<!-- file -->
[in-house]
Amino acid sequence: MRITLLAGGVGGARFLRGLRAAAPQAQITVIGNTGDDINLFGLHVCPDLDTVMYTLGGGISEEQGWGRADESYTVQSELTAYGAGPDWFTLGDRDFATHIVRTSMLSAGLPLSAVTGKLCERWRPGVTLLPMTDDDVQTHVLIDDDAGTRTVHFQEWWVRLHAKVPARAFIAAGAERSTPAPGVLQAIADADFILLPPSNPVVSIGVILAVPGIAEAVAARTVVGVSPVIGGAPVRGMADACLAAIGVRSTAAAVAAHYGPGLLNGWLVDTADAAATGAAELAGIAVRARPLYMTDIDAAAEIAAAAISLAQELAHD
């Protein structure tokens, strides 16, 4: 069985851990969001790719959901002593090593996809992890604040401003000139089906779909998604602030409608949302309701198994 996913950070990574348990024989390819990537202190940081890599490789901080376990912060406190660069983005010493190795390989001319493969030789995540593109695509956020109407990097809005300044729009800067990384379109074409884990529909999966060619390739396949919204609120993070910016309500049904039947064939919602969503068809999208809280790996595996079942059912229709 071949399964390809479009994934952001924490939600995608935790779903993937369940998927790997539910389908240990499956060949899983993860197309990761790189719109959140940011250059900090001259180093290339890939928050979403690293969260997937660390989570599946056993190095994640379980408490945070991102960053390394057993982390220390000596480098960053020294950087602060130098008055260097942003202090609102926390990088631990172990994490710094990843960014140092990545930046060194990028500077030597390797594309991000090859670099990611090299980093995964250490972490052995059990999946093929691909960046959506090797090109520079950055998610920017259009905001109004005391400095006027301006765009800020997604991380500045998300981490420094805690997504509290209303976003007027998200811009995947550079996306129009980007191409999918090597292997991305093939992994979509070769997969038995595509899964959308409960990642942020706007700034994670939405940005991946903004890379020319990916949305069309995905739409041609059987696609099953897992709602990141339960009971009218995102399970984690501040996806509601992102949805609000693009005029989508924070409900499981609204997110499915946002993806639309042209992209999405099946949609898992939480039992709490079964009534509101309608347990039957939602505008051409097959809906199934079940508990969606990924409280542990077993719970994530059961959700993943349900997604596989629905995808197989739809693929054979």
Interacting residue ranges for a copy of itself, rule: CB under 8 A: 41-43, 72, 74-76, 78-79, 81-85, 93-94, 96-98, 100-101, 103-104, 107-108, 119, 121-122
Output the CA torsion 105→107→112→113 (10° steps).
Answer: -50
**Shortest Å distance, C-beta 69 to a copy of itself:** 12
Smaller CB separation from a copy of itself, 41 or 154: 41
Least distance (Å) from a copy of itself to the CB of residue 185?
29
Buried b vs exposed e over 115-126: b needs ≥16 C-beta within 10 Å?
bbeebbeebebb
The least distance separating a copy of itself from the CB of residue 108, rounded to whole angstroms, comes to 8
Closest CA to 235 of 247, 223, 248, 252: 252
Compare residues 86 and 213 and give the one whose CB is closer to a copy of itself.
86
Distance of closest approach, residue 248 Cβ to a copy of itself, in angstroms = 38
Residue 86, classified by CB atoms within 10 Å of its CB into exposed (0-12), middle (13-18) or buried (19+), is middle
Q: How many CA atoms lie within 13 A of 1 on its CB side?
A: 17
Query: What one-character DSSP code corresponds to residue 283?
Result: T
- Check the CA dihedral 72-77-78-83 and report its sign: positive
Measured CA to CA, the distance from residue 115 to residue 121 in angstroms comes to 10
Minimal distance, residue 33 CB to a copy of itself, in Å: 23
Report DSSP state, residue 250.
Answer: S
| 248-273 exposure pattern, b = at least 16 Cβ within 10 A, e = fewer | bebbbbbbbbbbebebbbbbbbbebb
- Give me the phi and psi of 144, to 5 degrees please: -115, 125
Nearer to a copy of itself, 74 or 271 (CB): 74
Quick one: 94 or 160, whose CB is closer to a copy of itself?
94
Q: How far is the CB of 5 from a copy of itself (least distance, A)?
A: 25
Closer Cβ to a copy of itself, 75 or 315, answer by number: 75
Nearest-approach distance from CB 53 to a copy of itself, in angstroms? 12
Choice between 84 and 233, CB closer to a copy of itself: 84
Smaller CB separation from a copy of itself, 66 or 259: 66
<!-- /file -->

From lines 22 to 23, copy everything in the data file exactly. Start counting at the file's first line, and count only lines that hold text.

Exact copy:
Result: T
- Check the CA dihedral 72-77-78-83 and report its sign: positive